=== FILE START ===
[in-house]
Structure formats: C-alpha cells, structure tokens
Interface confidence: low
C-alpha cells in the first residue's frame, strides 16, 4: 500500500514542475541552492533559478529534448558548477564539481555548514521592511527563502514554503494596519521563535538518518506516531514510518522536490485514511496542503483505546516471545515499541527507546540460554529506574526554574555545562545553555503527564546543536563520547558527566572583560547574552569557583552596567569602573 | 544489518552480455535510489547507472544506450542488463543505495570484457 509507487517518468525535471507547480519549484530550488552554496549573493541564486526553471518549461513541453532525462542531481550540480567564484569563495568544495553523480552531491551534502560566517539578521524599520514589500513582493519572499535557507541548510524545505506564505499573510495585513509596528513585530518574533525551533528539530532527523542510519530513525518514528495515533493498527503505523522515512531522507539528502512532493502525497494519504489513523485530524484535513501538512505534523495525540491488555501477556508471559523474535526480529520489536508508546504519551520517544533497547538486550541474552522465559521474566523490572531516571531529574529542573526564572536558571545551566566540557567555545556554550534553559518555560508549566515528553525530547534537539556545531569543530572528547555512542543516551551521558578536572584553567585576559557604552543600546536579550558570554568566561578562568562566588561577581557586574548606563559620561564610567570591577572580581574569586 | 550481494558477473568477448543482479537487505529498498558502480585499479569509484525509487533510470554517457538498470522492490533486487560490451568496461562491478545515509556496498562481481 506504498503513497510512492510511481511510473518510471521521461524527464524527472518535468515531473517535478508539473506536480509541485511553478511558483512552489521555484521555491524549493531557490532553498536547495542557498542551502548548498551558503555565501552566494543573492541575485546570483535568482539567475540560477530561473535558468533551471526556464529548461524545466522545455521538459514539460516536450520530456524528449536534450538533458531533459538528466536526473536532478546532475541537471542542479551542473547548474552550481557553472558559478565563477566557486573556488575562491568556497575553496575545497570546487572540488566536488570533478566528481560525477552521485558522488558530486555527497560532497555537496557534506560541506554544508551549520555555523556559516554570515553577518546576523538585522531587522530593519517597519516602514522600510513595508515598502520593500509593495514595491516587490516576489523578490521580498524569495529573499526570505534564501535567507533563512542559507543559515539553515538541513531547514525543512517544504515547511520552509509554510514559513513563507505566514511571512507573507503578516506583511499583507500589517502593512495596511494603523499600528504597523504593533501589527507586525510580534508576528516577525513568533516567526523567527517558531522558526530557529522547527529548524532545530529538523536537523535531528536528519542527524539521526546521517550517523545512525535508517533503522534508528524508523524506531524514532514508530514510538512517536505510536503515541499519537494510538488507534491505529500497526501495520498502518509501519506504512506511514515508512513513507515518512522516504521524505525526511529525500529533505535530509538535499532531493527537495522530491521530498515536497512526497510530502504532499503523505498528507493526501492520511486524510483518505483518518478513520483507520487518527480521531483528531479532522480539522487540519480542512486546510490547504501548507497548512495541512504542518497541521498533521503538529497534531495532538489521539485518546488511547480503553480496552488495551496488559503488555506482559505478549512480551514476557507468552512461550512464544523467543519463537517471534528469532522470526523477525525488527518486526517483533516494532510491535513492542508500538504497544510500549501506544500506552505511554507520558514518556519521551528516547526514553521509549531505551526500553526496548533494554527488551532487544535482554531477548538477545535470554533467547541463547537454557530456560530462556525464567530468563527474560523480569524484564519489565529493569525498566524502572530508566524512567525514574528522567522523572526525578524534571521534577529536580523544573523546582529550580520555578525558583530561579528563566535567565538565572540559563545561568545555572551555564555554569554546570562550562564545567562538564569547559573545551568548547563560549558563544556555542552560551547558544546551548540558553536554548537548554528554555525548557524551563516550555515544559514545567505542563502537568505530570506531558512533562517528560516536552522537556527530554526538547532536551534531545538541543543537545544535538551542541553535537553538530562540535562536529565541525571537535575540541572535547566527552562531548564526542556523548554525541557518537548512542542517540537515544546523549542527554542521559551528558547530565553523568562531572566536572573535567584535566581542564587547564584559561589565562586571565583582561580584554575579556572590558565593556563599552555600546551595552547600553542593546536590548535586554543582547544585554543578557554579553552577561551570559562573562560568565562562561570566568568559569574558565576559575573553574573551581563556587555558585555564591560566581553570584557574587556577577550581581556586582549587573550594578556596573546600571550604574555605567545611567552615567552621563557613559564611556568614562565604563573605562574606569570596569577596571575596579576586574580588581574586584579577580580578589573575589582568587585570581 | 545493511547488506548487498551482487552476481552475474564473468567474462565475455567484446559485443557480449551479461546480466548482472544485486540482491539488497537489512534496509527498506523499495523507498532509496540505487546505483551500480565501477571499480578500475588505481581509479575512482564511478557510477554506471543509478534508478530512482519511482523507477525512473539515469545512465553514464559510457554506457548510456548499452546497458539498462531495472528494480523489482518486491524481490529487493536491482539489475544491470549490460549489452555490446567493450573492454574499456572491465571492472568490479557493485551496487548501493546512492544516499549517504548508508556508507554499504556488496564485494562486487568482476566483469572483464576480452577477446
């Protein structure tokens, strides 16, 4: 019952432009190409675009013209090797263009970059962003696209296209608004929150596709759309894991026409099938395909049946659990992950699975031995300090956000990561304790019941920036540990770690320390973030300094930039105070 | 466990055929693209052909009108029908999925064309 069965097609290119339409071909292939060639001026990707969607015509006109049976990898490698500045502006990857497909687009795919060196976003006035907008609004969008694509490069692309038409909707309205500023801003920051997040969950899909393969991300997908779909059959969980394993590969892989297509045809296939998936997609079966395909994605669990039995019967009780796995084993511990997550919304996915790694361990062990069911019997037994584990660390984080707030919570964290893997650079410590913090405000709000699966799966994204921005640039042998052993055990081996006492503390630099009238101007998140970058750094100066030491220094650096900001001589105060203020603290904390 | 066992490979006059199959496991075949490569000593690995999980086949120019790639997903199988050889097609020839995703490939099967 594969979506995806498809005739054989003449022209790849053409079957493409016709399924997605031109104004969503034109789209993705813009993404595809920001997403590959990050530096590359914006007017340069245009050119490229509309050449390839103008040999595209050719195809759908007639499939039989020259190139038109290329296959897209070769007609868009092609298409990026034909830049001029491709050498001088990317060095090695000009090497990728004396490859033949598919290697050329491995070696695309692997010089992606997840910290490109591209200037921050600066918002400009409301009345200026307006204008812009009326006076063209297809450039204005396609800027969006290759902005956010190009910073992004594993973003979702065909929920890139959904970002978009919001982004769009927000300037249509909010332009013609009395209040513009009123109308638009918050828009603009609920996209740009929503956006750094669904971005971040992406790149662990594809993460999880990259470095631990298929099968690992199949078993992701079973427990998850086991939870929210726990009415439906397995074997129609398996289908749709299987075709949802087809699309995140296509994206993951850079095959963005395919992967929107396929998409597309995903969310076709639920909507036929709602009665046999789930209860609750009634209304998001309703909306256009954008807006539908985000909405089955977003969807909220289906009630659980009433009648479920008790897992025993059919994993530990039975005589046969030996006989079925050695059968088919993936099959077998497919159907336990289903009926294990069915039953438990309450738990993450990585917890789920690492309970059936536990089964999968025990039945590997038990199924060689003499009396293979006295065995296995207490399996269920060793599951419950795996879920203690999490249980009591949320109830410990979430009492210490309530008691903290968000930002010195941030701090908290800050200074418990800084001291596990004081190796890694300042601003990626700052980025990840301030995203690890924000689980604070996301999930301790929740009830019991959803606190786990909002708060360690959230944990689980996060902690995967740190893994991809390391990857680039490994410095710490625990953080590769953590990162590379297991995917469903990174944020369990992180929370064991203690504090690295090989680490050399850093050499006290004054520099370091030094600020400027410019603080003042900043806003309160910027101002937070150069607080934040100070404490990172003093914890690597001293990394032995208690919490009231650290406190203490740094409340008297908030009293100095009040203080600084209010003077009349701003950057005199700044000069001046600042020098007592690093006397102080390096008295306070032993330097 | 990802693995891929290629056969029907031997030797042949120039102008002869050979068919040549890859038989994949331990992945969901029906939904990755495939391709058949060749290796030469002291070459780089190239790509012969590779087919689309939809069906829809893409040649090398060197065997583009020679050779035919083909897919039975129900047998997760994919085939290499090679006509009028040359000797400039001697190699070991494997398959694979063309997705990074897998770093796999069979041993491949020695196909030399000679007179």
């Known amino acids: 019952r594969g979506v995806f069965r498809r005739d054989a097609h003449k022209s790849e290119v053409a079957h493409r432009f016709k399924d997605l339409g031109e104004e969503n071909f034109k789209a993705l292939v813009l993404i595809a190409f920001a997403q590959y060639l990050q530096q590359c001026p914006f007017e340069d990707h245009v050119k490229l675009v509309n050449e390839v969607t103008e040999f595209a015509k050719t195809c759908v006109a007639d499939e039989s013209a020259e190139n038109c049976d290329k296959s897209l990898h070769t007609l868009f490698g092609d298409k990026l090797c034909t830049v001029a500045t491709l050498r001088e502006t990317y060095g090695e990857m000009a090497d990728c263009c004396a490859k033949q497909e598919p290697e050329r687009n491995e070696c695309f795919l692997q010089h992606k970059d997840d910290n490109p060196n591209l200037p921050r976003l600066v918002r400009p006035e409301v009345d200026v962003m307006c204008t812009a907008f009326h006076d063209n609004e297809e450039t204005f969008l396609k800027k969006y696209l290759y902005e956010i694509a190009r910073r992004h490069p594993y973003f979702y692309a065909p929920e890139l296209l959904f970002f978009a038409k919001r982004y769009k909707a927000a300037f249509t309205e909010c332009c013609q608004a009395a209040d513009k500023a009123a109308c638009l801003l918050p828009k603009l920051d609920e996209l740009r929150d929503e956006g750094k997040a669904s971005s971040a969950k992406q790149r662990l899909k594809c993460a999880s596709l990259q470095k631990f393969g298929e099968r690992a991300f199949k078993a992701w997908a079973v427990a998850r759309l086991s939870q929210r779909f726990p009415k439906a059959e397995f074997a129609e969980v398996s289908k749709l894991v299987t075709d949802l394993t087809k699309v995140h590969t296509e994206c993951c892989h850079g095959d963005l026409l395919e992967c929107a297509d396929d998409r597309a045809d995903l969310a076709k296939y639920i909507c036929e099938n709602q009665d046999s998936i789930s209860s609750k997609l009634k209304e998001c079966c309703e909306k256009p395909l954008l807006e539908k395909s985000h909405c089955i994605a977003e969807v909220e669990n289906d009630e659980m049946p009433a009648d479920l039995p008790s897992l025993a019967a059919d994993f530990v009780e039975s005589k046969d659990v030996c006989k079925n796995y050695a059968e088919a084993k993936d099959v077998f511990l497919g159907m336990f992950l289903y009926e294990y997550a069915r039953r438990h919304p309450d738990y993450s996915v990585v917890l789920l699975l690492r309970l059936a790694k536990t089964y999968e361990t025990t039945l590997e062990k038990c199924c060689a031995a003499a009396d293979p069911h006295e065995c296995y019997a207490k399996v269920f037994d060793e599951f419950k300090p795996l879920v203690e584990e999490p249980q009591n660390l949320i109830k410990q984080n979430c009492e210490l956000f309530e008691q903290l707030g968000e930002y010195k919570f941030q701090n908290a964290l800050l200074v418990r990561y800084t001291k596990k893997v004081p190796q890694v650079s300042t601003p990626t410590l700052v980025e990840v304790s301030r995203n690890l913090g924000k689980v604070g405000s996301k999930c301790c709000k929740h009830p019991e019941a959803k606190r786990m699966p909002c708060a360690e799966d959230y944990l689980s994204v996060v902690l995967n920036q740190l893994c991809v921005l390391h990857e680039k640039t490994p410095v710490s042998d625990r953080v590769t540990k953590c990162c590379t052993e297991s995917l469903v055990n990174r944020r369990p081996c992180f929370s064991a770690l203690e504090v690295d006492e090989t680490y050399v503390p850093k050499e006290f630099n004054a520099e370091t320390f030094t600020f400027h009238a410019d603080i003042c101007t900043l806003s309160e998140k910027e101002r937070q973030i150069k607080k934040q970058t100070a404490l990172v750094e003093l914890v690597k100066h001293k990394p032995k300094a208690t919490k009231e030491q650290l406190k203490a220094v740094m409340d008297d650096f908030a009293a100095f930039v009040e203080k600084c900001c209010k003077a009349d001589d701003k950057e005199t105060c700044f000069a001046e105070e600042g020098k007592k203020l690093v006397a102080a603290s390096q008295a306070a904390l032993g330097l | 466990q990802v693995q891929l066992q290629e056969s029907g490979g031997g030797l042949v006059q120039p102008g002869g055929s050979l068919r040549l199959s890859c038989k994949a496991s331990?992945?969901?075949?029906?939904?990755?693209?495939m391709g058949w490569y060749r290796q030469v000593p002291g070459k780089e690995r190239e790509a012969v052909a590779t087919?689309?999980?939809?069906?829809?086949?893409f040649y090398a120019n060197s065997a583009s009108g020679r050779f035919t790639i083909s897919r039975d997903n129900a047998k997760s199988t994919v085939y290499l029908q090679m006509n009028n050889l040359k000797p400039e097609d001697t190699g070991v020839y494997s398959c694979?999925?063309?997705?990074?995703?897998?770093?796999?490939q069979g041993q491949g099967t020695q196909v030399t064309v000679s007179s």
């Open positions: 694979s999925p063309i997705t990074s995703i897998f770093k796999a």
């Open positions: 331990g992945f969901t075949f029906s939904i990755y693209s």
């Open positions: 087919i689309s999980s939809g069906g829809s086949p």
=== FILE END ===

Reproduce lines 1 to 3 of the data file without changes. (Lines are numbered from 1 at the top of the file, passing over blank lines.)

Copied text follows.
[in-house]
Structure formats: C-alpha cells, structure tokens
Interface confidence: low